Duellists, The (1977)

Duellists, The (1977)

“The duelist demands satisfaction; honor for him is an appetite.”

A truculent French soldier (Harvey Keitel) challenges a cavalry officer (Keith Carradine) to a duel, thus setting off a 15-year feud that lasts throughout the Napoleonic era .

Genres, Themes, Actors, and Directors:

  • Feuds
  • Harvey Keitel Films
  • Historical Drama
  • Keith Carradine Films
  • Ridley Scott Films
  • Rivalry
  • Soldiers

Response to Peary’s Review:
As Peary notes, this “excellent, highly original” first feature by Ridley Scott features “exquisite photography” by D.P. Frank Tidy and meticulous “attention to period detail”. Unlike Scott’s later blockbuster films — such as Alien (1979), Blade Runner (1985), and Gladiator (2000) — The Duellists (based on a 60-page short story by Joseph Conrad) was “not an ideal commercial project”, and has remained more of a favorite with critics than with the masses. Keitel and Carradine’s series of “exciting, brutal and realistic” duels — which “parallel the ongoing, equally senseless Napoleonic Wars” — are posited as a thinly veiled attack on “nations that are enemies because of events that happened long ago and are long forgotten”. Interestingly — and perhaps strategically — it’s never made entirely clear why Keitel’s Feraud challenges Carradine’s D’Hubert to a duel in the first place; we simply get the sense that he’s a pugnacious, “temperamental brute” who’s continually “itching for a fight”. While it’s difficult not to wish that Scott’s original choices to play D’Hubert and Feraud — Michael York and Oliver Reed (sigh) — had been cast, I’ll agree with Peary and most other critics that Carradine and Keitel, despite their anachronistic American accents, eventually emerge as compelling leads.

Redeeming Qualities and Moments:

  • A compelling tale of an enduring rivalry
  • Frank Tidy’s gorgeous cinematography
  • Impressive period detail
  • Fine supporting performances

Must See?
Yes, as an impressive debut by a master director.


  • Important Director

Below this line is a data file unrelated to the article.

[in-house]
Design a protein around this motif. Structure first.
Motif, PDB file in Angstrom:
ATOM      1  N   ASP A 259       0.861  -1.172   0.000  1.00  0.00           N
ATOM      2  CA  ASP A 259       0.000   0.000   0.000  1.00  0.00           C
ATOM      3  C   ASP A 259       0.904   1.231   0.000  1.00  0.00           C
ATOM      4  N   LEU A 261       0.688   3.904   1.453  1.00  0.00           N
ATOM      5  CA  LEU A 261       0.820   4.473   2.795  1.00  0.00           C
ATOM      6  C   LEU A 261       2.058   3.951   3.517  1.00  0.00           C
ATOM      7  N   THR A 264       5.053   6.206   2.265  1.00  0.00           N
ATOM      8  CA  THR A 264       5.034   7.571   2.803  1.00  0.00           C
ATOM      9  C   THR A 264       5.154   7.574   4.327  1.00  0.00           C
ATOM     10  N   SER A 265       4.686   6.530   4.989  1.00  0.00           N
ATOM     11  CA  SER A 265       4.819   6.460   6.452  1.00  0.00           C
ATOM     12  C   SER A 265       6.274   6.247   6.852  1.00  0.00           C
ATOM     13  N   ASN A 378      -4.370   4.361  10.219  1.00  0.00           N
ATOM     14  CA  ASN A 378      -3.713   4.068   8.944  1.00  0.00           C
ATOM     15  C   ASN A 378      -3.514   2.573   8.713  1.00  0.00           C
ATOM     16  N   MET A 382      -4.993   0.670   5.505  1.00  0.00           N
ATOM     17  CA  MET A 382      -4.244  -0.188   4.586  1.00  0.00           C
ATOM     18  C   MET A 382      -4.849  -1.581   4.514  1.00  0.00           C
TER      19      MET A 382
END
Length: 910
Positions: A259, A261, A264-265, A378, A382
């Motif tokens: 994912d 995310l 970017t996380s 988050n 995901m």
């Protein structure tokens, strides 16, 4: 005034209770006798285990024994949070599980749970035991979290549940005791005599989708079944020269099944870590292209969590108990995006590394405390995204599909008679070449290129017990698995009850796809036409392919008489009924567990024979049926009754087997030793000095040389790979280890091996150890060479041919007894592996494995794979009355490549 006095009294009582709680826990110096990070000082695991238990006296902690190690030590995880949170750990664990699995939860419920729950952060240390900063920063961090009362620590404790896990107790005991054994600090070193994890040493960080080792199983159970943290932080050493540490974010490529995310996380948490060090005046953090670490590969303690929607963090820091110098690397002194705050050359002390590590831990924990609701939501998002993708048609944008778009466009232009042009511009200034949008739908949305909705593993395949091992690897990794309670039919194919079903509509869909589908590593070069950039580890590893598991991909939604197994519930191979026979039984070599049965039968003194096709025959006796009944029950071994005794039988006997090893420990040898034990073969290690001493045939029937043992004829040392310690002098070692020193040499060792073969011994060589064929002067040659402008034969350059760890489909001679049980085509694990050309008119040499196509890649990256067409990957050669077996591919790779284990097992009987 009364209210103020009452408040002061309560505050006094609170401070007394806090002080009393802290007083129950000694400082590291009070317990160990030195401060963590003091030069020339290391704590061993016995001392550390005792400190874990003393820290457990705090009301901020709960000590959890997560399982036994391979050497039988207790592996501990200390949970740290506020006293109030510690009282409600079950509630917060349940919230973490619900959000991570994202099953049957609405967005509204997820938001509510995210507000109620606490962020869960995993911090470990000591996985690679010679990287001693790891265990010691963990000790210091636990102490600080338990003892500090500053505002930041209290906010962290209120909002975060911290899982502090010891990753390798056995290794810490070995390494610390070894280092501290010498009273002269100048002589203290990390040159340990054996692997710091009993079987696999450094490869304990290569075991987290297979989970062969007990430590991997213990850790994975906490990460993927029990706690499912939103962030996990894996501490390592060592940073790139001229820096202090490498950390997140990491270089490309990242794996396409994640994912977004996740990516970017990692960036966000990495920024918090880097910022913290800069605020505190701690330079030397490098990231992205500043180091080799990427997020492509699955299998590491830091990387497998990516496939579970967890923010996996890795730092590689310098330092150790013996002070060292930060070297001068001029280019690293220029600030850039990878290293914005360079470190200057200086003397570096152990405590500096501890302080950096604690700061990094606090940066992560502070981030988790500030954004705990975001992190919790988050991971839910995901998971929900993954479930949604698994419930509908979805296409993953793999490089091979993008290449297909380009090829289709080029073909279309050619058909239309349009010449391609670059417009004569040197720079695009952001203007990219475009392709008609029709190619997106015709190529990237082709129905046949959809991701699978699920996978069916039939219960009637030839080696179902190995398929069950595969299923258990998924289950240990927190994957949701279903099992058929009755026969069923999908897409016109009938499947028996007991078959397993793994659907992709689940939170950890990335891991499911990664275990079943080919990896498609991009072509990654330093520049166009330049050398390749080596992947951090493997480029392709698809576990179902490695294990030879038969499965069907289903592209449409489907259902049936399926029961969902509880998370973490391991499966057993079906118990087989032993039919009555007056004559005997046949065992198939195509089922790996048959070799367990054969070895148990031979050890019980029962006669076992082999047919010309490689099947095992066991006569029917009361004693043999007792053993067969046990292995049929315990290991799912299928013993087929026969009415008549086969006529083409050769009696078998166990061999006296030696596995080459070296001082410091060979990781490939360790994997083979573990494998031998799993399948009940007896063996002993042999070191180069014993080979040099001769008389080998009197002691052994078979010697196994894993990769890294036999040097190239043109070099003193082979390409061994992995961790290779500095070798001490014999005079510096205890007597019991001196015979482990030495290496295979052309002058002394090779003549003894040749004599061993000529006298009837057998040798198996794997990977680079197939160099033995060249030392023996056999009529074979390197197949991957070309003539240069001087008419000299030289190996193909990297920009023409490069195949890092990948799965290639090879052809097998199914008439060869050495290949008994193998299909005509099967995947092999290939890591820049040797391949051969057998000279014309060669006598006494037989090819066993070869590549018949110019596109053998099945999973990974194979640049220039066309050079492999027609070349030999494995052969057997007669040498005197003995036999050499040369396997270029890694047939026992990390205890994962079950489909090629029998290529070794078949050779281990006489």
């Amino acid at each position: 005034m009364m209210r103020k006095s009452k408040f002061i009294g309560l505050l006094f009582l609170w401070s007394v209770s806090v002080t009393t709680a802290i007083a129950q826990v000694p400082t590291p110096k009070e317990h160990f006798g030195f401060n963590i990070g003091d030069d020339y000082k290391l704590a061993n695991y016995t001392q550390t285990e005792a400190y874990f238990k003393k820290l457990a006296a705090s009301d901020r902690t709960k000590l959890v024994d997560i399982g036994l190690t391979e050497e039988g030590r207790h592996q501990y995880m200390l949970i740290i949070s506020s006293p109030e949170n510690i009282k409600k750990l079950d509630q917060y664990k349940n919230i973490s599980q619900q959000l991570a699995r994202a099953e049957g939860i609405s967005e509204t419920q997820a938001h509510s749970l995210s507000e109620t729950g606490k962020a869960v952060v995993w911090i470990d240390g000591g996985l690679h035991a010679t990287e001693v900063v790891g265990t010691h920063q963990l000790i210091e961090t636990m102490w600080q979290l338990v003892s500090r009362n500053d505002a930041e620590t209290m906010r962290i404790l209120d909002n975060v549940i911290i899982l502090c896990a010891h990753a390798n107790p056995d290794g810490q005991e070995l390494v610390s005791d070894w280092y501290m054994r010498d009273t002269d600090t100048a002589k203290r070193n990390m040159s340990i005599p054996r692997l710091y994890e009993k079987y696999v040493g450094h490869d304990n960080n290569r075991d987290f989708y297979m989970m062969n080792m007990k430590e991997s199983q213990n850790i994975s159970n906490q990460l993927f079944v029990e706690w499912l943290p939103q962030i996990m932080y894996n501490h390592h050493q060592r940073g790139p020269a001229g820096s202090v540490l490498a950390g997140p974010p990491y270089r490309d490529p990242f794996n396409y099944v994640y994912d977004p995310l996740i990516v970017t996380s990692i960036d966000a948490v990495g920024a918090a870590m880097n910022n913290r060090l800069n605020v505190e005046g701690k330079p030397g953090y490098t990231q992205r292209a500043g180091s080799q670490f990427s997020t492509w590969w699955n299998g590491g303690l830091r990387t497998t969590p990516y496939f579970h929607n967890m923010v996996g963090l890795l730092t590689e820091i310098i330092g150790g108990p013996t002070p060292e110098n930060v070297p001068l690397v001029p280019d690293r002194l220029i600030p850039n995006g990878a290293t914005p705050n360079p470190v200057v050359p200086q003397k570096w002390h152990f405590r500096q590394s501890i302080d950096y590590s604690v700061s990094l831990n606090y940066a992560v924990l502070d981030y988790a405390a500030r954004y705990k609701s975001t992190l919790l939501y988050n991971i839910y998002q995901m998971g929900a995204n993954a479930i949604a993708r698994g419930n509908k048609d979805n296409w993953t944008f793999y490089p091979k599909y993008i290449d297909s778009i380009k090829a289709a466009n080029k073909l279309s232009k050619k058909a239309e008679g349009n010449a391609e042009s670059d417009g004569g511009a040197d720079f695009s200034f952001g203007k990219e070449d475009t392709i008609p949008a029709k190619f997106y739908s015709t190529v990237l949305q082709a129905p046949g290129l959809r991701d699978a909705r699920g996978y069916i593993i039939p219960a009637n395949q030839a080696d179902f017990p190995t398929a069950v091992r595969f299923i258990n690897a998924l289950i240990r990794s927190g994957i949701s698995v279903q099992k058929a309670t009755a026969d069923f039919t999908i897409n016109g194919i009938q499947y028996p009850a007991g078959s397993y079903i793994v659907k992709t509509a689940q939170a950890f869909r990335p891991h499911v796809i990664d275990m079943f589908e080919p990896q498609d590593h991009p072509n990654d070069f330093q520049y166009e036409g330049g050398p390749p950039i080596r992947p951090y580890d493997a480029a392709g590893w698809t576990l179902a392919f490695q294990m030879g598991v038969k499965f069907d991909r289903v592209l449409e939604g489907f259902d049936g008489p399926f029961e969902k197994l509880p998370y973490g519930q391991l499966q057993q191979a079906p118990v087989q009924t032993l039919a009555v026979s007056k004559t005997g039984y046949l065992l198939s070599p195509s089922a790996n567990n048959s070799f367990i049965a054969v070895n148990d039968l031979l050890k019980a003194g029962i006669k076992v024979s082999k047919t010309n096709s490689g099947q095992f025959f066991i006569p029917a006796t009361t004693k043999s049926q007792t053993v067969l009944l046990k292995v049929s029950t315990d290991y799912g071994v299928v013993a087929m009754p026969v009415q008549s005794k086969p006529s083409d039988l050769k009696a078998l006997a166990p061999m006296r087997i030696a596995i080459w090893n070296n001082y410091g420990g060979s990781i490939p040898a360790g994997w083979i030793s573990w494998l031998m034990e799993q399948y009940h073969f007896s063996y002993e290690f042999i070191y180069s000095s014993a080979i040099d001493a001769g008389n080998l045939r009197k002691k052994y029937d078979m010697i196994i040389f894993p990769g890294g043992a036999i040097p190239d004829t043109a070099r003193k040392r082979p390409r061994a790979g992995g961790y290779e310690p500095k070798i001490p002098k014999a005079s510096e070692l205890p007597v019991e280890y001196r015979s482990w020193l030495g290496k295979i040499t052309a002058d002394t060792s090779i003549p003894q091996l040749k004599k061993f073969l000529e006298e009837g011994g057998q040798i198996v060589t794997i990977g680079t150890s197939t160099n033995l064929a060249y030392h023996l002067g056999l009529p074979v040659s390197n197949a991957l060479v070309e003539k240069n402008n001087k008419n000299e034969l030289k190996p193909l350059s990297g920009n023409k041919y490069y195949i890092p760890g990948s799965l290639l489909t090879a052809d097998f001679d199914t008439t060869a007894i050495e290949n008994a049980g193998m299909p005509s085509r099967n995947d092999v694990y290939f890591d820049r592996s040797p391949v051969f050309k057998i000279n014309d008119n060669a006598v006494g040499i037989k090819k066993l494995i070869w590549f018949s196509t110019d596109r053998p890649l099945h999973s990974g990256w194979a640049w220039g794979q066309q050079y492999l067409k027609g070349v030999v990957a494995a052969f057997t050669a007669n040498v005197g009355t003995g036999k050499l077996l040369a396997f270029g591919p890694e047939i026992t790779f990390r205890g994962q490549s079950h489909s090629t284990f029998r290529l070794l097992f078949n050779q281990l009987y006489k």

2 thoughts on “Duellists, The (1977)

  1. Honor-schmonor. The title of this movie makes a lot more sense if you remove the “e”. In other words, not a must – if you’re asking me.

    The “thinly veiled attack” is duly noted. However, though handsomely mounted and stunningly filmed (those deep, rich tones; those manipulated-for-perpetual-overcast skies; etc.), ‘The Duellists’ is largely ponderous and, well, dull. Given the premise, it’s extremely hard for me (at least) to care about protagonists wrapped up in a seemingly pointless, endless, personal war. Every time a frame would pop up announcing a different place and a different year, I found myself sinking with the thought, ‘You mean there’s *more*?!’

    [At one point, I imagined this as a gay movie. Each time Carradine found himself once again in Keitel’s path, I kept wanting him to say to him, “OK, so it didn’t work out! Get over it! Lots of other guys out there, y’know!”]

    The thinness of the tale lends itself to very little actual drama.

    As well, the film is occasionally confusing, with characters suddenly appearing and suddenly disappearing, leaving the viewer distracted by how they fit in exactly.

    It doesn’t help that Keith Carradine is a lead. An actor of limited range, he’s fine when directors use his strengths (as in ‘Nashville’, ‘Choose Me’, maybe etc.). I will admit he certainly tries hard here, but he’s not at all up to playing opposite Harvey Keitel, who basically takes his role – and the movie – and runs.

  2. The Duellists is one beautifully filmed period piece replete with the kinds of lavish details meant to be admired. And Director Ridley Scott earned enough respect for it to be awarded ‘Best First Work’ at Cannes. Like many other pics that won at Cannes, its reputation has grown in utter obscurity: you read many favorable reviews while knowing precious few who’ve actually seen it.

    Now that I finally have, I admire the visuals and the production in general. But reverence for aesthetics is a superficial appreciation. Missing are any characters to identify with or care much about or meaningful relationships. We are watching two arrogant French soldiers in Napoleon’s army duke it out occasionally. In between, Keith Carradine avoids Harvey Keitel as well as love and commitment. That’s about it for character development. We learn virtually nothing about Keitel other than that he’s a hothead.

    Conceptually, The Duellists is not on the firmest of ground, either. Knowing that their first duel began in a casual and impromptu manner leads us to wonder why they even bother rather than yearn for a resolution. But, to see Scott’s stylish first at-bat it’s worth a watch, and once will be enough.

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